PPSR UPDATE: Failure to Register on the PPSR Could Cost One Company $50 Million

In February 2014, Australia and New Zealand Banking Group Limited (“ANZ”) appointed KordaMentha Pty Ltd (“KordaMentha”) as receivers and managers of the mining services firm, Forge Group Limited (“Forge”).

Forge had secured debts of approximately $500 million, including over $300 million owed to ANZ and other insurance bond groups such as QBE and Asset Insure.

KordaMentha has now decided to issue legal proceedings in the Supreme Court of New South Wales claiming that four gas turbines leased to Forge are subject to ANZ’s security interest and may be sold by them to recover ANZ’s debt.

The turbines are estimated to be worth $50 million. They were leased to Forge by APR Energy PLC (“APR”), a company listed on the London Stock Exchange, and always remained the property of APR. However, APR failed to register the leasing arrangement on the Personal Properties Security Register (“PPSR”).

As this case unfolds we will learn more as to why the gas turbines were not registered on the PPSR.

The consequence of not registering could mean that the gas turbines are subject to ANZ’s security interest, thus allowing KordaMentha to sell them and pay the $50 million in sale proceeds to ANZ. If there is anything left over after ANZ’s secured debt is fully repaid, then APR may still not be entitled to this amount and may have to fight it out with Forge’s other secured and unsecured creditors.

From what we know about the case it does not bode well for APR. A case was decided in April this year where KPMG had been appointed as receivers of BEM Equipment Pty Limited (“BEM”). In this case, the Supreme Court of Western Australia ruled that Spiers Earthworks (“Spiers”), who had leased about $1 million in plant and equipment to BEM under a hire purchase agreement, did not “perfect” their interest by registering the lease on the PPSR. Spiers lost their interest in the plant and equipment under the lease agreement and KPMG were free to sell the equipment to recover monies owing to National Australia Bank.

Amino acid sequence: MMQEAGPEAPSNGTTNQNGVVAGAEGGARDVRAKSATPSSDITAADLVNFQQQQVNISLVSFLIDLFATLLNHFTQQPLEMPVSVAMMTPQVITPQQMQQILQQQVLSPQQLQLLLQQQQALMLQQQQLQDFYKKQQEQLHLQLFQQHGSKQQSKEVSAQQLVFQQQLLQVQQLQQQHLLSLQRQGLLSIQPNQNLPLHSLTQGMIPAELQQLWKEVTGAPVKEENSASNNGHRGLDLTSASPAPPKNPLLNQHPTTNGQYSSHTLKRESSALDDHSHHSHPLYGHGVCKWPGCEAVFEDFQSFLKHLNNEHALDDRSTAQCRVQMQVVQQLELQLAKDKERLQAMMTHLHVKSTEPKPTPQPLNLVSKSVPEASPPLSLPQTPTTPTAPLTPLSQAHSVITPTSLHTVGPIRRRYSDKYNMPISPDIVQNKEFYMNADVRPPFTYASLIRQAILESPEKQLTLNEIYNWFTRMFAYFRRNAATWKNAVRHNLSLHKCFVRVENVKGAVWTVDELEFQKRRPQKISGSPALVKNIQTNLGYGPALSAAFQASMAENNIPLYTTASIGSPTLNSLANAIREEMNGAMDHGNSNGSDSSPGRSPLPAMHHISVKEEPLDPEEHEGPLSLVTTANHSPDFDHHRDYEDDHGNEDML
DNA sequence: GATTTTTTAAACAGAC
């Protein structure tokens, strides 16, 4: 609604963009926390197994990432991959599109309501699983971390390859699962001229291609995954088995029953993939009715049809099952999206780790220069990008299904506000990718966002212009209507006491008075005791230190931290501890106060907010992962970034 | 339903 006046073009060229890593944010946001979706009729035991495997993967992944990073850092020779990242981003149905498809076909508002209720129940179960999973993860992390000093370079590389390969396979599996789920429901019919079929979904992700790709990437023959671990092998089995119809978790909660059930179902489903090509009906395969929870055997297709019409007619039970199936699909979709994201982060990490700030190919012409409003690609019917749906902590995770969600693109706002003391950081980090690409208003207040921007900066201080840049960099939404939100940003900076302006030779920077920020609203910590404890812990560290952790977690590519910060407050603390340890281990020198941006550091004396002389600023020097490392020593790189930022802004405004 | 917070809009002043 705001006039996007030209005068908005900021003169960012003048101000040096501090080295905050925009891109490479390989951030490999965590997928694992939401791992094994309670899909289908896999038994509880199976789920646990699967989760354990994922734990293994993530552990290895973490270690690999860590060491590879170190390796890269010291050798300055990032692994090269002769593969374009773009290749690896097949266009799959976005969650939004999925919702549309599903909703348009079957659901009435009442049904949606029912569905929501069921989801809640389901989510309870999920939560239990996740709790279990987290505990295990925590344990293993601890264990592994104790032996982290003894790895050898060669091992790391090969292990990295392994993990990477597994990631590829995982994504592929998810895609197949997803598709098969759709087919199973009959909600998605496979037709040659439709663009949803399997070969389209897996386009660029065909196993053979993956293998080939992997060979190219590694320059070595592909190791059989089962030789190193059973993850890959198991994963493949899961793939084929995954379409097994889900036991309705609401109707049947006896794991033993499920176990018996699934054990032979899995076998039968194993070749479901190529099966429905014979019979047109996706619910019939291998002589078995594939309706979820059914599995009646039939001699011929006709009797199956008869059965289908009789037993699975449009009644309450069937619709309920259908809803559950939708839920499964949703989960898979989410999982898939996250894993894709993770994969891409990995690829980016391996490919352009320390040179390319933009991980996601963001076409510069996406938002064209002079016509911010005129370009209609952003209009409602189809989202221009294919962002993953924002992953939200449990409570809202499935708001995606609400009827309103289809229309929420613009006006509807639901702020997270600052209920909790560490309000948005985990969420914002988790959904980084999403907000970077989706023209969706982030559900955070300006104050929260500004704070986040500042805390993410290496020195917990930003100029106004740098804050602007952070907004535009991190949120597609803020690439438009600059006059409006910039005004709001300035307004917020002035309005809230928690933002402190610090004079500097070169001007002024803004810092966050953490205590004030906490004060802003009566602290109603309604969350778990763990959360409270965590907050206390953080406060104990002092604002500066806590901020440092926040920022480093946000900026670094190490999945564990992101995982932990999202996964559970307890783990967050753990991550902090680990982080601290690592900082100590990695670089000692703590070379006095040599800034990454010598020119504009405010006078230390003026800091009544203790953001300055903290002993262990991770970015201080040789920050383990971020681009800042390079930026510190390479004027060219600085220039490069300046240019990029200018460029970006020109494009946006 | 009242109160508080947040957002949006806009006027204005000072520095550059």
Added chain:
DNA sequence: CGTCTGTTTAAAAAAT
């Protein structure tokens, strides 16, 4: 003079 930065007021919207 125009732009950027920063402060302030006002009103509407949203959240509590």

The Forge case is by far the largest legal proceedings that have been brought under the PPSA and is a salient warning to all equipment suppliers as to the potentially devastating implications if they don’t put in place robust procedures for PPSR registrations.

Download the PDF version Download the PDF version

Miles Anderson


Miles leads our Financial Services team and has practised in the areas of banking and finance, property and agribusiness for over 20 years.

This bulletin is produced as general information in summary for clients and subscribers and should not be relied upon as a substitute for detailed legal advice or as a basis for formulating business or other decisions. ClarkeKann asserts copyright over the contents of this document. This bulletin is produced by ClarkeKann. It is intended to provide general information in summary form on legal topics, current at the time of publication. The contents do not constitute legal advice and should not be relied upon as such. Formal legal advice should be sought in particular matters. Liability limited by a scheme approved under professional standards legislation. Privacy Policy


…and we’ll email you valuable insights into issues affecting you and your business.

More Insights

Introducing Corporate Collective Investment Vehicles

Introducing Corporate Collective Investment Vehicles

Traditionally it has been perceived that a lack of familiarity by foreign investors with the trust based structure of Australian managed investment schemes has been a significant barrier to attracting offshore investment in Australian funds. To combat this, from 1...

read more
High Court lays down the law on asset-based lending

High Court lays down the law on asset-based lending

A recent case decided by the High Court found that the lender of an asset-based facility acted unconscionably in making a loan available to the borrower and ordered that the loan and mortgage be set aside. Key Takeaways Lenders must carefully scrutinize the...

read more